Poetry Los Angeles
Reading the Essential Poems of the City
Publication Year: 2014
Published by: University of Michigan Press
Title Page, Copyright, Dedication, Quotes
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Thomas McGrath, Suzanne Lummis, James Harms
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“Everything’s been Los Angelized,” complained Thomas McGrath in his personal record of wartime and postwar America, Letter to an Imaginary Friend (1962).1 Readers of his book-length poem in every part of the United States did not require a gloss for this outraged statement, especially if they knew that McGrath, a North Dakota native, considered himself a proletarian forerunner and exemplar of the counterculture taking shape in the 1950s along the West Coast...
1. The Pacific Ocean of the Poets
Robinson Jeffers, Mark Jarman, Derek Walcott, Lawrence Lipton, Eleni Sikelianos, Lewis MacAdams, Charles Wright, Susan Suntree
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Sun-drenched site of summertime revels. Beautiful young bodies silhouetted against foaming surf. Children building sand castles. Palm trees and seabirds framed in the rising and setting sun. Moonlight shimmering on the high tide. So much of Southern California’s powerful allure has consisted of indelible visual images derived from tourist brochures, magazine layouts, movies, television, and Internet video. Poets have contributed very little to this iconography. Throughout history poets have planted in our consciousness compelling language for the Atlantic Ocean, the Mediterranean and Caribbean seas, the Mississippi and Nile rivers, Italy’s Lake Como and Kashmir’s Dal Lake...
2. Hollywood, “Here” and Everywhere
Karl Shapiro, Bertolt Brecht, Vachel Lindsay, Randall Jarrell, Robert Hass, Wanda Coleman, David Wojahn, Frederick Seidel
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If we claim that the “district”—its official designation—of Hollywood is the heart and soul of Los Angeles, the cynosure of every gaze around the world, especially at Oscar time, we immediately run up against the chief paradox that attaches to city and district alike. Simply stated, Hollywood is hardly a place. It is more an idea of a place, a fantasy of a place, a wish-fulfillment of a place, a geographical neighborhood belonging to the social imaginary...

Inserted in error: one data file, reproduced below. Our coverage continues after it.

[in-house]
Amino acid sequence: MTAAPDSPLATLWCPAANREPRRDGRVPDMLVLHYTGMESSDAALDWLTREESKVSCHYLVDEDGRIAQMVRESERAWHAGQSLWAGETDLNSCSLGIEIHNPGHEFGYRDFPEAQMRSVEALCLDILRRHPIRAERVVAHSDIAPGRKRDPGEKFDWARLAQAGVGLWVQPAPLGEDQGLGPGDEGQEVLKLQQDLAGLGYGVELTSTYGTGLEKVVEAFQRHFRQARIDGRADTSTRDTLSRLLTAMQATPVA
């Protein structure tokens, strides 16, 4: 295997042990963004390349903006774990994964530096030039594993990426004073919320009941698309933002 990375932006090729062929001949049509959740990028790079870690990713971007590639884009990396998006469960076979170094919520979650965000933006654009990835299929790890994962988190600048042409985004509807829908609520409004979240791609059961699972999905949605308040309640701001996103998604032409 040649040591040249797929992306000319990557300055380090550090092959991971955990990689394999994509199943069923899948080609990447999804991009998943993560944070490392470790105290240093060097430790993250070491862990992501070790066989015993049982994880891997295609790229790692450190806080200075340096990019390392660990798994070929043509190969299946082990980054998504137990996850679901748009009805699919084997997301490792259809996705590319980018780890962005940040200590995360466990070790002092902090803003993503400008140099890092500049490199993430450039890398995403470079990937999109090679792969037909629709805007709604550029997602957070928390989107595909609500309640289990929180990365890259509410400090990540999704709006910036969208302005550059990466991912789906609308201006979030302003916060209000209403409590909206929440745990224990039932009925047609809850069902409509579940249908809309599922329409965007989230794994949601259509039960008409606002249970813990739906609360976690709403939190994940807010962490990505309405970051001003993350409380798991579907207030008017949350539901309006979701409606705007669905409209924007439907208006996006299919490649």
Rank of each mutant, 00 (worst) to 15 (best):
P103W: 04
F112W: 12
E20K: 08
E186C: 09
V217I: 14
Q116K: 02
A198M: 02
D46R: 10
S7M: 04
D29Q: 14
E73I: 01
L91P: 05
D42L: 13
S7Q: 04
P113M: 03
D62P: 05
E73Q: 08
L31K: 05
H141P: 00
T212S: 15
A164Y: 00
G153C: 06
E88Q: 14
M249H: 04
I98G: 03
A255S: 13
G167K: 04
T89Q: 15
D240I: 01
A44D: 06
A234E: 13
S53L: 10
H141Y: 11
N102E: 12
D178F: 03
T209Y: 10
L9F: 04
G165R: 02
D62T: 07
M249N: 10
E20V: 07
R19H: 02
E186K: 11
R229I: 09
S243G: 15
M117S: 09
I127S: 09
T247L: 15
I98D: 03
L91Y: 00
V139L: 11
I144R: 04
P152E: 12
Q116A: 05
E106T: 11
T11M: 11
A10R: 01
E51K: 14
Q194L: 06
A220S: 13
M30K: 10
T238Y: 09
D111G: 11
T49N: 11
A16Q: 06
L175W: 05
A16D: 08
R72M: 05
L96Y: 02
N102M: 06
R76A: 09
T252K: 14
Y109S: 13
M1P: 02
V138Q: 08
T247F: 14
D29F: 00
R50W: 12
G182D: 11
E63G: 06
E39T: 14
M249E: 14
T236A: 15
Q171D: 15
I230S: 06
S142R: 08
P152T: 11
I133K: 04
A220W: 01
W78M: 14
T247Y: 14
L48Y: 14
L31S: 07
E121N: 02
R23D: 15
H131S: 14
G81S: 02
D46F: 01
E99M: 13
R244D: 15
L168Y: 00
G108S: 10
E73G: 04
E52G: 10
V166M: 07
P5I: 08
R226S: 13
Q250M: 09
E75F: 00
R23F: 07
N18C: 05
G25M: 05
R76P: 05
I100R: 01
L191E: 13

3. How Good, or Bad, Is Charles Bukowski’s Poetry?
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Charles Baxter wrote the following description of a visit to France in 2001: “Having been invited to Paris for an award, I was being interviewed by a French journalist about American and French writing, particularly poetry. The journalist asked me what I thought of the current American poetry scene, and I made some dutiful comments about a few of the leading figures and the battles between representational/linear and post-avant/ nonlinear poets. ‘Ah,’ the journalist said. ‘Here in France we all assume that American poets are making an effort to work their way out from under the giant shadow, the giant influence of Charles Bukowski.’”1...
4. On the Freeway: Moving Fast and Standing Still
Frank Bidart, Eloise Klein Healy, Wanda Coleman, James Schevill, Ron Koertge, Carol Muske-Dukes, Miroslav Holub, Allen Ginsberg, Mary Armstrong, James Harms, Dana Goodyear, Dana Gioia, Diane Wakoski
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It hardly needs demonstrating that the network of freeways, beginning modestly with the Arroyo Seco Parkway in 1940 and spreading like the proverbial spider web, is the dominant single landmark of Greater Los Angeles. Surface and aerial photos of the freeways have come to signify the city as much as the Eiffel Tower does Paris, or the Colosseum Rome. The notoriety began in earnest after the world’s first four-level (“stack”) interchange—of the Pasadena, Santa Ana, Hollywood, and Harbor freeways—opened in 1953...